The damage from earnings warnings and worries about Ivan's impact was too much for the Dow to sustain, with that index dropping below the 200-sma by midmorning.

Annotated Daily Chart of the Dow:

The Dow could drop as far as the 100-dma and still preserve the possibility that the current decline is a bull flag decline. The first downside target then appears to be 10,184-10,200, with a break of that level perhaps sending the Dow down to test the converging 30- and 50-sma's. Although the above QCharts-drawn regression channel has an upper boundary just under 10,400, a simple trendline drawn across this year's swing highs crosses at about 10,340. A move above the September 7 high of 10,363 would be needed to confirm an upside breakout. Such a breakout would soon face resistance from the late June highs of 10,487.

MSFT and INTC also impacted the Nasdaq, turning it down after two days of testing its 100-sma. The Nasdaq clung to 1900 and the 200-ema at 1904.38 much of the day, but closed at 1896.52, creating an approximation of an evening-star pattern.

Annotated Daily Chart of the Nasdaq:

The Russell 2000's test of its 200-sma and subsequent bounce near 10:35 might have helped to steady other markets during the midday period.

Annotated Daily Chart of the Russell 2000:

A move above Monday's high would confirm a breakout above the descending regression channel in which the Russell 2000 has been trading, while a move below the 200-sma, confirmed by a move below 566, might send the Russell down to test 560-563 and then 552-554. Bears might have a profit-protecting plan in mind if the Russell 2000 should test that 552-554 zone and bulls might have one in mind if the index should test 588-590.

The SPX still remains an index to watch, however. Unlike the Dow and the Russell 2000, this index did not retest its 200-sma.

Annotated Daily Chart of the SPX:

If markets should continue to decline, traders should set alerts for an SPX test of its 200-dma, as tests of that average can and have moved the markets. A breakout above the top of the ascending regression channel, at about 1132 on the above QCharts- drawn chart but at 1130 by some others' calculations, would signal an upside breakout, to be confirmed by a move above the June high. Any entering bullish trades on an upside breakout should keep stops tight until that June high is bypassed.

A break below the 200-sma on a closing basis would likely damage sentiment and strengthen storm warnings related to the often-seen September and October declines. As Jim Brown noted on the OptionInvestor Market Monitor, that range between the top trendline of the descending regression channel and the 200-sma is a risky one to trade.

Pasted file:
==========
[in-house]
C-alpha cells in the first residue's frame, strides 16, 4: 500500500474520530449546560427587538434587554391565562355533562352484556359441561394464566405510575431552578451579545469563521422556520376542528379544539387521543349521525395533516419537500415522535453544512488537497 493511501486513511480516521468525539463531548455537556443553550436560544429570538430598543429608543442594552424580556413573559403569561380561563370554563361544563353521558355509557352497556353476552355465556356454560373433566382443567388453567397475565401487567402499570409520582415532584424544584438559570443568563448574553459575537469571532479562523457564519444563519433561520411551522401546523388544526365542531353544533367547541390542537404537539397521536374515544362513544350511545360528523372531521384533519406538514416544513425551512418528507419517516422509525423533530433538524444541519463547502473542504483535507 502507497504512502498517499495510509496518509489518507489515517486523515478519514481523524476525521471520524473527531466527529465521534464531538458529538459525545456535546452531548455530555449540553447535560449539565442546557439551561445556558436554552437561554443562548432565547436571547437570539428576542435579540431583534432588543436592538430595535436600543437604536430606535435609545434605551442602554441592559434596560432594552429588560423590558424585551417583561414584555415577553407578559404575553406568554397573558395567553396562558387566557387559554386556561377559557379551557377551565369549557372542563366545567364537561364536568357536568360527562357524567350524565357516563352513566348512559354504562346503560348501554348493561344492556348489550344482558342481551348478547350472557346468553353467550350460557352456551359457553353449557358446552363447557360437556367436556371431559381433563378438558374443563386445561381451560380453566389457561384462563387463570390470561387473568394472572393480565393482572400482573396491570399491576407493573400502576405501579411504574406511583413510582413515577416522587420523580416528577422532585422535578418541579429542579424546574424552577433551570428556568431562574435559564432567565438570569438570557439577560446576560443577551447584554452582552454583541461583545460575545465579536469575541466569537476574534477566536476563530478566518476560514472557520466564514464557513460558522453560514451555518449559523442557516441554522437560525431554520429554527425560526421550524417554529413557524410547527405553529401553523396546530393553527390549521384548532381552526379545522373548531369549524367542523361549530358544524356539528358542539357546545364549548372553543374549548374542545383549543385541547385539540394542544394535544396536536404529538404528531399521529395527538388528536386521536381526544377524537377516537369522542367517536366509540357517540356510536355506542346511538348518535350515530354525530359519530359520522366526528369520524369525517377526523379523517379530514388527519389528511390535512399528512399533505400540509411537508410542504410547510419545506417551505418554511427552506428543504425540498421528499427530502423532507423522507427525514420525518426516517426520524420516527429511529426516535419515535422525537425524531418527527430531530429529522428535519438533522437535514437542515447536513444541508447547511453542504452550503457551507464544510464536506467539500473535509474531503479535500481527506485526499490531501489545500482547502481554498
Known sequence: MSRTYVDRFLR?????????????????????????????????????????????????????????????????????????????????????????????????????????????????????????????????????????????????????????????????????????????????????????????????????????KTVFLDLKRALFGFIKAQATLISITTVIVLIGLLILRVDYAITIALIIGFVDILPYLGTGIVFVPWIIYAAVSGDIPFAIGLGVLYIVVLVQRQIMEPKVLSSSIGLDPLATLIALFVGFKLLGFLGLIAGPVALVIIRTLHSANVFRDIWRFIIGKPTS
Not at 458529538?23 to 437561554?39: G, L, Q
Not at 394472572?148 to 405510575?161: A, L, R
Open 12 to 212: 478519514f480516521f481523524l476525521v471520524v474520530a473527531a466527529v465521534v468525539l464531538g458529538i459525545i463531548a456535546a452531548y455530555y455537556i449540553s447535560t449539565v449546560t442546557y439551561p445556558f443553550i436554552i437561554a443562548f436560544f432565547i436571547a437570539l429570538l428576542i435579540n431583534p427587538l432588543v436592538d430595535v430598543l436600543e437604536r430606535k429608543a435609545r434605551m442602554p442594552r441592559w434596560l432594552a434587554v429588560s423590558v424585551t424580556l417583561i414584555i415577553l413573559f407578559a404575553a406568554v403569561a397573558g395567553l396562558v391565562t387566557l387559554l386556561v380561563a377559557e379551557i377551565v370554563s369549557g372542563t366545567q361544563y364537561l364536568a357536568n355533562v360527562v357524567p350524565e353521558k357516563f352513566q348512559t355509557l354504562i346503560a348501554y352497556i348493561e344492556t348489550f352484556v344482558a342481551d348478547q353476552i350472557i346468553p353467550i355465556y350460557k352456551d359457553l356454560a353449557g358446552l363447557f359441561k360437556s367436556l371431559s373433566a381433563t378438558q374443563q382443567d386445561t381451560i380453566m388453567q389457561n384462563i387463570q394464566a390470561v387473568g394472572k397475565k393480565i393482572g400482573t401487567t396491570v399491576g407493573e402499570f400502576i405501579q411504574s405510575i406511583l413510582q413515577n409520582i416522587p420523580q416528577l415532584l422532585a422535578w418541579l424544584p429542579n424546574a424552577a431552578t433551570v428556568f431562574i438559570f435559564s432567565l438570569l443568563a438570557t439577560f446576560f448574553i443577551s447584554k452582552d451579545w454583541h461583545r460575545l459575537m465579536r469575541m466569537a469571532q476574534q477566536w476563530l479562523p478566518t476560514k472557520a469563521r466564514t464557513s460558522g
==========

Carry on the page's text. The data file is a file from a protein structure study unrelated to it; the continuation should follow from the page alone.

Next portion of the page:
Will markets continue to decline? Forecasters must warn of an approaching storm, and that warning must encompass all possible landfalls. Obviously, however, not all those warnings are realized, and so they might not be with the market's storm warnings offered by the recent lows in volatility indices, the often-seen dismal market performance in September and October, and the earnings warnings that are beginning to appear.

However, many indices produced reversal signals at the tops of their regression channels. The VIX and VXO saw strong moves up from their recent lows, a warning for those with bullish hopes. The VXN's move was not as pronounced. While traders must be open to the possibility that this storm will not bring a decline but a consolidation that withstands the pressure, or that indices could even surge above the year-long descending trendlines seen on some, this does not yet appear to be a good time to be nurturing bullish hopes for the immediate future. Let price action show you if bullish hopes are to be realized by producing those needed breakouts.

For tomorrow, investors have two reasons to anticipate the possibility that markets might not go much of anywhere. One is a tendency for large-range days to be followed by small-range days. Another is related to opex, with markets sometimes ratcheting down on opex Thursday, with S&P 500 options ceasing to trade as of Thursday's close.

A couple of factors argue against that tight-range consolidation theory, however. Along with news of Ivan's damage, investors will be treated to overnight discussions about the implications of the Dow's close beneath its 200-sma. Although savvy investors know that the Dow is not the broadest of markets, it draws much attention. If the decline should continue, however, bears should pay special attention if the Russell 2000 and/or SPX should test their 200-sma's, as those would be potential bounce points. Until breakouts occur to the upside, this appears to be a time for selling rallies rather than buying support, but watch for those potential breakouts.

In addition, economic reports and events have the potential to move fragile markets. Economic reports Thursday begin with the usual 8:30 release of initial jobless claims, with last week's release cheering with markets with a drop to 319 thousand. That figure will also be accompanied by the 8:30 release of CPI, with prior numbers at a drop of 0.1 percent for the headline number and a rise of 0.1 percent for the ex-food and energy number. Tuesday morning, I listened to a report on a survey of small business owners, with a majority of those owners saying that they felt able to pass higher costs on to consumers and were planning on raising prices. We'll see if any of that confidence has filtered down into the CPI numbers yet.

Additional numbers include the July Treasury Capital Flows at 9:00 and Natural Gas Inventories at 10:30. Perhaps more closely awaited will be the September Philly Fed Index at noon, with that index last showing a 28.5 reading. At 1:00, the Fed's Gramlich is scheduled to report on oil and policy matters in a talk in Kansas City, with the market perhaps reacting to Gramlich's take on the oil's effect on the economy, unless Ivan's anticipated swath through the U.S. might somehow impact Gramlich's appearance. Money supply will be reported after the market's close, at 4:30.


Market Wrap Archives